Zayats (21-7), who vanquished Sobral and armbarred Jacob Noe before meeting Newton, never looked comfortable in the tournament finale. The 31-year-old Russian, winner of 11 of 12 fights coming in, timed Newton's awkward attack relatively well, but failed to find an answer for the American's grappling.

"He brought it," Newton said. "Caught me with a couple. Cut me. He was hard to takedown. Good scrambling. Good punching. I just knew if I pushed the pace and stayed in his face, he'd get tired. I'd wear him down, eventually get the takedown and finish it on the ground."

There wasn't a finish to be found, however. Even headed into the final round, Newton, bleeding near his left eye, scored with a screaming right to Zayats' chin. The Russian momentarily dropped, defended a rear-naked and bulldog choke attempts, and regained his feet. The sequence was good enough for Newton (21-7-1) to take the final round, which brought with it $100,000 and a shot at the Bellator title.

"I was a little upset because I had an injury two days ago and I tried to postpone my fight," Zayats said after the bout." Newton is a great fighter and I congratulate him on a good fight."

Vegh (29-4-2) beat Newton by close split decision in July to earn a shot at the Bellator light heavyweight title. He decisioned Christian M'Pumbu in February to win the belt.

Melo grounds Houston

Luis Melo did it the humanitarian way, finding a side-choke finish against Trey Houston in the third round of their welterweight contest.

The 32-year-old Brazilian could have kept pounding Houston, 24, but instead he took mercy, passed guard and immediately wrapped up the finish. It wasn't all easy, though. Houston came out strong in the first until a flush foot to the groin dropped him like a taser. The American, looking to rebound from the first loss of his career, showed resilience over the course of the fight, but he was never quite the same after the low blow.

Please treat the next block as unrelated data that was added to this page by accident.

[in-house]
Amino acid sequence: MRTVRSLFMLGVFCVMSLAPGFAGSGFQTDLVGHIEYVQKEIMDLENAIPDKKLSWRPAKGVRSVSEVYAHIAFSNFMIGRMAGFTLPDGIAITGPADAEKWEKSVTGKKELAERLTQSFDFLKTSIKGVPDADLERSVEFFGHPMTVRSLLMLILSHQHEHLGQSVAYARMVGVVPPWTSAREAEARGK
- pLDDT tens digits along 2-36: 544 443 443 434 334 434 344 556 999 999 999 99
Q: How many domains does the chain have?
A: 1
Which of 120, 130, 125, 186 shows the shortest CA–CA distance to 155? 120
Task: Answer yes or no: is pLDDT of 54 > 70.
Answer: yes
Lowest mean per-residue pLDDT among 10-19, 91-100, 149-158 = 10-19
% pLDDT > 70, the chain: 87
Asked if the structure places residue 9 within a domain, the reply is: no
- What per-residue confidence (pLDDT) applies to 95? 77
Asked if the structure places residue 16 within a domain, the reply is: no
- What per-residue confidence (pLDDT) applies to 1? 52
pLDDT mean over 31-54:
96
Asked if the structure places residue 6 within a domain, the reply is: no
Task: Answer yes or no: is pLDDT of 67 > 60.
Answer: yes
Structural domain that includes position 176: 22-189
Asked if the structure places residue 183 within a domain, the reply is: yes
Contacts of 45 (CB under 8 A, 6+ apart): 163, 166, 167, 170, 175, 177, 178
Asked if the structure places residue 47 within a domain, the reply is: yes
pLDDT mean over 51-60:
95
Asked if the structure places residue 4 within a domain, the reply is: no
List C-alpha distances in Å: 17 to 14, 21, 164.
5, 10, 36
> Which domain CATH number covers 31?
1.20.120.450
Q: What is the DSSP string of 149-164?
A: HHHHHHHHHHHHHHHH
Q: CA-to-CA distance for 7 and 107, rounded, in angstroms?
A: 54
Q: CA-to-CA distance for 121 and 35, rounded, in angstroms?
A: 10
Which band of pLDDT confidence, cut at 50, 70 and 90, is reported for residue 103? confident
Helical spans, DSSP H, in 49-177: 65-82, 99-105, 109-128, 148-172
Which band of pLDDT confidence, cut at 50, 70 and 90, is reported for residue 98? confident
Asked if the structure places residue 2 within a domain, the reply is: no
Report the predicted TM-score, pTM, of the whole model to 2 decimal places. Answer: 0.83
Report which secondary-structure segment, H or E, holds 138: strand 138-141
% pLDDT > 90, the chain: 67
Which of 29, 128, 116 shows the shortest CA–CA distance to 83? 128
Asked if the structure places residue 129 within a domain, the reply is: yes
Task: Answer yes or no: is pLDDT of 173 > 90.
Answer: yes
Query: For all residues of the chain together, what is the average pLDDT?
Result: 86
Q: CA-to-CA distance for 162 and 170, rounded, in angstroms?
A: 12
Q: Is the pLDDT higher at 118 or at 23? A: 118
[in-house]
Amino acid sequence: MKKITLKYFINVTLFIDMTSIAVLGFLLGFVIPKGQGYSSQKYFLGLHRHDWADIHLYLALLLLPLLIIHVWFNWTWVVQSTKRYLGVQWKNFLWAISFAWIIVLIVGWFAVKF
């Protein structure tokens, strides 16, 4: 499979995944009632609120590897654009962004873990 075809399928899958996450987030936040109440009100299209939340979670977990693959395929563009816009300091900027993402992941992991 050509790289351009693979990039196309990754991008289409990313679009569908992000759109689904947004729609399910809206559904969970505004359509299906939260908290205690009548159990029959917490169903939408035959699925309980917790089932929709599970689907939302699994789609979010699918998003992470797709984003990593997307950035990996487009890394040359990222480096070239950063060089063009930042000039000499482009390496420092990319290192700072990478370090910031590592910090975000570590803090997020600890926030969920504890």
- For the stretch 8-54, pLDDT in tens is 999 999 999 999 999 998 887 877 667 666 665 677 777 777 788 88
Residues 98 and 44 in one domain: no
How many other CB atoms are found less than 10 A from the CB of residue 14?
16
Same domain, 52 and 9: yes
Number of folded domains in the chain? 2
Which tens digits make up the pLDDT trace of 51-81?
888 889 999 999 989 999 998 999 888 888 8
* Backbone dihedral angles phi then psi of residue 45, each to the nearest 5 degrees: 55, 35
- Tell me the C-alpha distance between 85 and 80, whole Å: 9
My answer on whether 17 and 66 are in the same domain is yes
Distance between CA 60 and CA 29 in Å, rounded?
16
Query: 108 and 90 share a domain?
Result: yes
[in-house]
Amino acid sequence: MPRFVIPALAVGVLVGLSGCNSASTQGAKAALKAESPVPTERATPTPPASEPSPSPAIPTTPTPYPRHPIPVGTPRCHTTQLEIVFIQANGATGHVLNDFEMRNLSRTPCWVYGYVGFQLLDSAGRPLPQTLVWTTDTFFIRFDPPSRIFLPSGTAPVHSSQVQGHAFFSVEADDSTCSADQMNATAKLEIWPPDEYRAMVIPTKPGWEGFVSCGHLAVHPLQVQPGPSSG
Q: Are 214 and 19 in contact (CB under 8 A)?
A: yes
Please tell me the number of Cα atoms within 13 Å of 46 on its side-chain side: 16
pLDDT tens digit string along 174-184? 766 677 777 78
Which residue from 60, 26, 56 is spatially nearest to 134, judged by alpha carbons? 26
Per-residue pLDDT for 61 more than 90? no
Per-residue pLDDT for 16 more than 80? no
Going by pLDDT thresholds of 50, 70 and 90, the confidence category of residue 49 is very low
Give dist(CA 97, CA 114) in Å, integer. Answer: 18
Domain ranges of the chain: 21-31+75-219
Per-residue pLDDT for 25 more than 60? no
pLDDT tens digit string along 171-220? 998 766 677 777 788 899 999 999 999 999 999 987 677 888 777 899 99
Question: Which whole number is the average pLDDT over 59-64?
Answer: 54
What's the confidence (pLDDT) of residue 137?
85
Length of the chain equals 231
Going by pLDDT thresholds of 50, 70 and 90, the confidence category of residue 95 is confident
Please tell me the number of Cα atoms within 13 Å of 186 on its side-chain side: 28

Melo (29-11-3) was relentless on the floor, unloading punch after punch including a monster right that bounced Houston's head off the canvas.

Despite the beating, Houston looked fresh at the start of the second, blocking a high kick and following with a left hook, high kick, left, right and pressure into the fence. Melo then was clubbed to the floor as he threw a knee at Houston's chest, and gave up his back. Houston (10-2) went for a rear-naked choke; it was deep, but he didn't have his hooks in and Melo spun to his left and escaped.

On the feet Melo changed things up, landing three consecutive angled left hooks, the last of which hurt Houston. The fight was Melo's the rest of the way, and he sealed it at 1:09 of Round 3.

Lima outworks Mann

Bantamweights Rodrigo Lima and Ronnie Mann are nearly identical in terms of height, weight, and reach, but as far as fighting goes, they're not close. At least they weren't on this night, as Lima, 21, dictated terms on the feet and the floor to take a sweeping unanimous decision, 30-27 three times.

The Brazilian's effort lands him in Bellator's next 135-pound tournament, and at 11-1, with speed, power, aggression and, he should not be underestimated. Mann, 26, a featherweight until this bout, had difficulty coping with Lima's combinations, overhand rights, and sharp left hooks.

Lima initiated most of the offense, forcing the Englishman to a knee in the opening round. Even when Mann (21-6-1) connected, Lima pressed forward. In part this was because Mann rarely put strikes together, though Lima's aggression had more to do with what he was about rather than what his opponent gave him.

After two striking rounds, they went to the floor. Lima threatened with a guillotine, established top position, and remained their until they scrambled and Mann fell into a triangle. Mann held off Lima, who peppered the bantamweight rookie's head with elbows until the bell.